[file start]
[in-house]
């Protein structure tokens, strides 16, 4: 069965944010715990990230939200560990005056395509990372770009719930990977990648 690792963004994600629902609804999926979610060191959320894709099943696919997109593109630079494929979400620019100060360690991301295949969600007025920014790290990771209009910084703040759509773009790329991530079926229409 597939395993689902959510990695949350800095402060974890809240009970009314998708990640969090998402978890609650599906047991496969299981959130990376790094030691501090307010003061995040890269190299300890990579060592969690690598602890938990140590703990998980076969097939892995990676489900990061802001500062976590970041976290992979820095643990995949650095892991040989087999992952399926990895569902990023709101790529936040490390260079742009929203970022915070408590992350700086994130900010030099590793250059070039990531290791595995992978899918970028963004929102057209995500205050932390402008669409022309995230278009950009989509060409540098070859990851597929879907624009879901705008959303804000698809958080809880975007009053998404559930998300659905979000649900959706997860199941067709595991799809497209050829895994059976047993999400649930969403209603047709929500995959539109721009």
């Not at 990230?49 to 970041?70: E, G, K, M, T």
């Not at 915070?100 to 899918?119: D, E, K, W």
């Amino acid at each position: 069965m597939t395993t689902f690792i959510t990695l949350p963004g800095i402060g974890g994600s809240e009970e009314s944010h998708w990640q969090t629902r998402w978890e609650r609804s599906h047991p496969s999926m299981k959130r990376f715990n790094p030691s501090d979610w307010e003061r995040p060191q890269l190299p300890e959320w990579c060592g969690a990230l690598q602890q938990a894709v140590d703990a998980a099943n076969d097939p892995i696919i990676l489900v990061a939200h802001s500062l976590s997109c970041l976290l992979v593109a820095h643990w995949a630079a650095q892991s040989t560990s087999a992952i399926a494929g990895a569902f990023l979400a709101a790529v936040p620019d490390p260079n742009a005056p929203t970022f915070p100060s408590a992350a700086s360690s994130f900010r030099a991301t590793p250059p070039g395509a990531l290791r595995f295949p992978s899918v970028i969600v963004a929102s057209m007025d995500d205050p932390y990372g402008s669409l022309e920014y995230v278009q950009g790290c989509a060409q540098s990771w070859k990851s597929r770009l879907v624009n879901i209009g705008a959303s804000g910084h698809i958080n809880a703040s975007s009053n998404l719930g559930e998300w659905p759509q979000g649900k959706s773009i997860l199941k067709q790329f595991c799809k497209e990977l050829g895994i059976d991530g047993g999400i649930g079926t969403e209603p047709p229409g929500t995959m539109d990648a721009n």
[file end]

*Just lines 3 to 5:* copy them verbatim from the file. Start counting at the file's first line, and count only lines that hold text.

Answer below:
């Not at 990230?49 to 970041?70: E, G, K, M, T």
């Not at 915070?100 to 899918?119: D, E, K, W």
């Amino acid at each position: 069965m597939t395993t689902f690792i959510t990695l949350p963004g800095i402060g974890g994600s809240e009970e009314s944010h998708w990640q969090t629902r998402w978890e609650r609804s599906h047991p496969s999926m299981k959130r990376f715990n790094p030691s501090d979610w307010e003061r995040p060191q890269l190299p300890e959320w990579c060592g969690a990230l690598q602890q938990a894709v140590d703990a998980a099943n076969d097939p892995i696919i990676l489900v990061a939200h802001s500062l976590s997109c970041l976290l992979v593109a820095h643990w995949a630079a650095q892991s040989t560990s087999a992952i399926a494929g990895a569902f990023l979400a709101a790529v936040p620019d490390p260079n742009a005056p929203t970022f915070p100060s408590a992350a700086s360690s994130f900010r030099a991301t590793p250059p070039g395509a990531l290791r595995f295949p992978s899918v970028i969600v963004a929102s057209m007025d995500d205050p932390y990372g402008s669409l022309e920014y995230v278009q950009g790290c989509a060409q540098s990771w070859k990851s597929r770009l879907v624009n879901i209009g705008a959303s804000g910084h698809i958080n809880a703040s975007s009053n998404l719930g559930e998300w659905p759509q979000g649900k959706s773009i997860l199941k067709q790329f595991c799809k497209e990977l050829g895994i059976d991530g047993g999400i649930g079926t969403e209603p047709p229409g929500t995959m539109d990648a721009n």